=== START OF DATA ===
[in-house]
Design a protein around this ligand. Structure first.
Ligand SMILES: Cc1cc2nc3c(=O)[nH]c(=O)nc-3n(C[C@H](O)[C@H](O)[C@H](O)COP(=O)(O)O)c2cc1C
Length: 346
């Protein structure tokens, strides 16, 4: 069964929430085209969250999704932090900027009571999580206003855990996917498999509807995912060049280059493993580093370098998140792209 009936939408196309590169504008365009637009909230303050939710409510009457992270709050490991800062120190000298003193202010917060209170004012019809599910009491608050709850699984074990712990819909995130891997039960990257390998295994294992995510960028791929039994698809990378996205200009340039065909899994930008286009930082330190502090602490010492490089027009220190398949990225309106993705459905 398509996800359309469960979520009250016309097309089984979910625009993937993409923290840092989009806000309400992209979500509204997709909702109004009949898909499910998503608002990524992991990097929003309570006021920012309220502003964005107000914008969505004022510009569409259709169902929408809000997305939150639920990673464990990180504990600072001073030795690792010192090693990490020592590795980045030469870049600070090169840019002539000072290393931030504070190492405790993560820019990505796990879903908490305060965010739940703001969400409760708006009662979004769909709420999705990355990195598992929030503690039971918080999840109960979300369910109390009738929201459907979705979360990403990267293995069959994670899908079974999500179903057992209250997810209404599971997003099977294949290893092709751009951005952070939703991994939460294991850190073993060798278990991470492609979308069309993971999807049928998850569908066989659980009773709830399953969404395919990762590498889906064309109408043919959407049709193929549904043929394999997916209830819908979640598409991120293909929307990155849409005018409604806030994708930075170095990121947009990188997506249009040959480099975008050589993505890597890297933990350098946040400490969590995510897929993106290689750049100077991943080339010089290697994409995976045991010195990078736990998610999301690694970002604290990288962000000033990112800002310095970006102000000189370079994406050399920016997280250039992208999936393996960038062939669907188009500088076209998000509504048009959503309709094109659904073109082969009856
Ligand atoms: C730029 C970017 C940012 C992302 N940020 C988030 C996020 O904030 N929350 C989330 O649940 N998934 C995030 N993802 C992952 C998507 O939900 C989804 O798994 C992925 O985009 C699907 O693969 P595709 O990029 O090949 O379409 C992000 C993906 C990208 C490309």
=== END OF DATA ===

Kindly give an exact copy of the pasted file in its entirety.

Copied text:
[in-house]
Design a protein around this ligand. Structure first.
Ligand SMILES: Cc1cc2nc3c(=O)[nH]c(=O)nc-3n(C[C@H](O)[C@H](O)[C@H](O)COP(=O)(O)O)c2cc1C
Length: 346
């Protein structure tokens, strides 16, 4: 069964929430085209969250999704932090900027009571999580206003855990996917498999509807995912060049280059493993580093370098998140792209 009936939408196309590169504008365009637009909230303050939710409510009457992270709050490991800062120190000298003193202010917060209170004012019809599910009491608050709850699984074990712990819909995130891997039960990257390998295994294992995510960028791929039994698809990378996205200009340039065909899994930008286009930082330190502090602490010492490089027009220190398949990225309106993705459905 398509996800359309469960979520009250016309097309089984979910625009993937993409923290840092989009806000309400992209979500509204997709909702109004009949898909499910998503608002990524992991990097929003309570006021920012309220502003964005107000914008969505004022510009569409259709169902929408809000997305939150639920990673464990990180504990600072001073030795690792010192090693990490020592590795980045030469870049600070090169840019002539000072290393931030504070190492405790993560820019990505796990879903908490305060965010739940703001969400409760708006009662979004769909709420999705990355990195598992929030503690039971918080999840109960979300369910109390009738929201459907979705979360990403990267293995069959994670899908079974999500179903057992209250997810209404599971997003099977294949290893092709751009951005952070939703991994939460294991850190073993060798278990991470492609979308069309993971999807049928998850569908066989659980009773709830399953969404395919990762590498889906064309109408043919959407049709193929549904043929394999997916209830819908979640598409991120293909929307990155849409005018409604806030994708930075170095990121947009990188997506249009040959480099975008050589993505890597890297933990350098946040400490969590995510897929993106290689750049100077991943080339010089290697994409995976045991010195990078736990998610999301690694970002604290990288962000000033990112800002310095970006102000000189370079994406050399920016997280250039992208999936393996960038062939669907188009500088076209998000509504048009959503309709094109659904073109082969009856
Ligand atoms: C730029 C970017 C940012 C992302 N940020 C988030 C996020 O904030 N929350 C989330 O649940 N998934 C995030 N993802 C992952 C998507 O939900 C989804 O798994 C992925 O985009 C699907 O693969 P595709 O990029 O090949 O379409 C992000 C993906 C990208 C490309």